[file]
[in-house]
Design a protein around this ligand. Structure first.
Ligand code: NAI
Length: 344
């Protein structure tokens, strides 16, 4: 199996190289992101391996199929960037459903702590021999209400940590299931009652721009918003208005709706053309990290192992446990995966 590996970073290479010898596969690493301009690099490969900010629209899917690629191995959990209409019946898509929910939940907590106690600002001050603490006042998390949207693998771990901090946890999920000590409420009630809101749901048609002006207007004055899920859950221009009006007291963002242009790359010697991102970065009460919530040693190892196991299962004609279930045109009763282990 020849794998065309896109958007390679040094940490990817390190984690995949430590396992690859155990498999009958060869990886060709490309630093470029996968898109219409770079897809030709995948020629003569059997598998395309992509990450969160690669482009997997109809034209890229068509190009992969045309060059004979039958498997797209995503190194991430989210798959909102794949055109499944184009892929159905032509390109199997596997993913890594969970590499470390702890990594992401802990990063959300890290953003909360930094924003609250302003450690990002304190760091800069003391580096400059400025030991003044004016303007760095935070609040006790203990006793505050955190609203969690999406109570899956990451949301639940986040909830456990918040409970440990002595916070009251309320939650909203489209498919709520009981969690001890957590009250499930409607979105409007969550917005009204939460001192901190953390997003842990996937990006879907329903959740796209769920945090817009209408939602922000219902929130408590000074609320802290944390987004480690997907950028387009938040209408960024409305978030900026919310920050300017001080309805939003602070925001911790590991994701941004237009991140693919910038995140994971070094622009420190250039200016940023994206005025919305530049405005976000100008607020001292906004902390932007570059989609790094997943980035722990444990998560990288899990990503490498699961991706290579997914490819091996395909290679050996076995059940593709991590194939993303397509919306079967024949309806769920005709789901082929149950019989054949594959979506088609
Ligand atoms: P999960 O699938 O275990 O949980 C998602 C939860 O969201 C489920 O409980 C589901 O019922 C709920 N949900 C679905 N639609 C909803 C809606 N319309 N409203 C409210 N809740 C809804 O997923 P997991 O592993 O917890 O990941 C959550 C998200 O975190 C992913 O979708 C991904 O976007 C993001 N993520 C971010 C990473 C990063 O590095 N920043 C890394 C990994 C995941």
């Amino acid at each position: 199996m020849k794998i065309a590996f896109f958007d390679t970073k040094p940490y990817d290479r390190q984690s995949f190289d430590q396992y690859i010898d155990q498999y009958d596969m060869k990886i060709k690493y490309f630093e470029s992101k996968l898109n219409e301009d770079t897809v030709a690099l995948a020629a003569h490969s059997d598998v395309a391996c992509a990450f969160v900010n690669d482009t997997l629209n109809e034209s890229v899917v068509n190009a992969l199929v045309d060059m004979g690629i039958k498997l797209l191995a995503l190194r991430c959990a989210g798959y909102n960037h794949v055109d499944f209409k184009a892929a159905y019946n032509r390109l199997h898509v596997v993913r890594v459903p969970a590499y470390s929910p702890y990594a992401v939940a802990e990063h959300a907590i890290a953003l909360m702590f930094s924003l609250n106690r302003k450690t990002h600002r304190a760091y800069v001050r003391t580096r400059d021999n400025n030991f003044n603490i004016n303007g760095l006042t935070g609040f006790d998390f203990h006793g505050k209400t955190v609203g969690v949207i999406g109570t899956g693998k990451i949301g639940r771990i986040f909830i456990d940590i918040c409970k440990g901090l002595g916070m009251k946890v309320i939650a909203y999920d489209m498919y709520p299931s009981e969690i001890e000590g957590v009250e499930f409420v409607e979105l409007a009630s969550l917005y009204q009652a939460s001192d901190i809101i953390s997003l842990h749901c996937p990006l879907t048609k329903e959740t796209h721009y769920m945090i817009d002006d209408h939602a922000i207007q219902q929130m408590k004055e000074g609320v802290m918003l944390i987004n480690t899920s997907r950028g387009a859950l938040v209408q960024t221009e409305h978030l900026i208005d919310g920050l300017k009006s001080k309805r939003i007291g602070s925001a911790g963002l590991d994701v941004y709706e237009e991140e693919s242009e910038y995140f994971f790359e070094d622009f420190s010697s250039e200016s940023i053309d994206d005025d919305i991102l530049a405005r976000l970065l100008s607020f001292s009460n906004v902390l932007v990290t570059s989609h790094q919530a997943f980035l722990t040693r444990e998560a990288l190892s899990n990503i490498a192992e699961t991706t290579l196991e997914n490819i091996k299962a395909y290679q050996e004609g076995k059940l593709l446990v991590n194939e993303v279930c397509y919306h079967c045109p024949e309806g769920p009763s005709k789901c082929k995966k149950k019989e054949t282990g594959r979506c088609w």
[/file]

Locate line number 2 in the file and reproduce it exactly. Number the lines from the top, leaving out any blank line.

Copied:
Design a protein around this ligand. Structure first.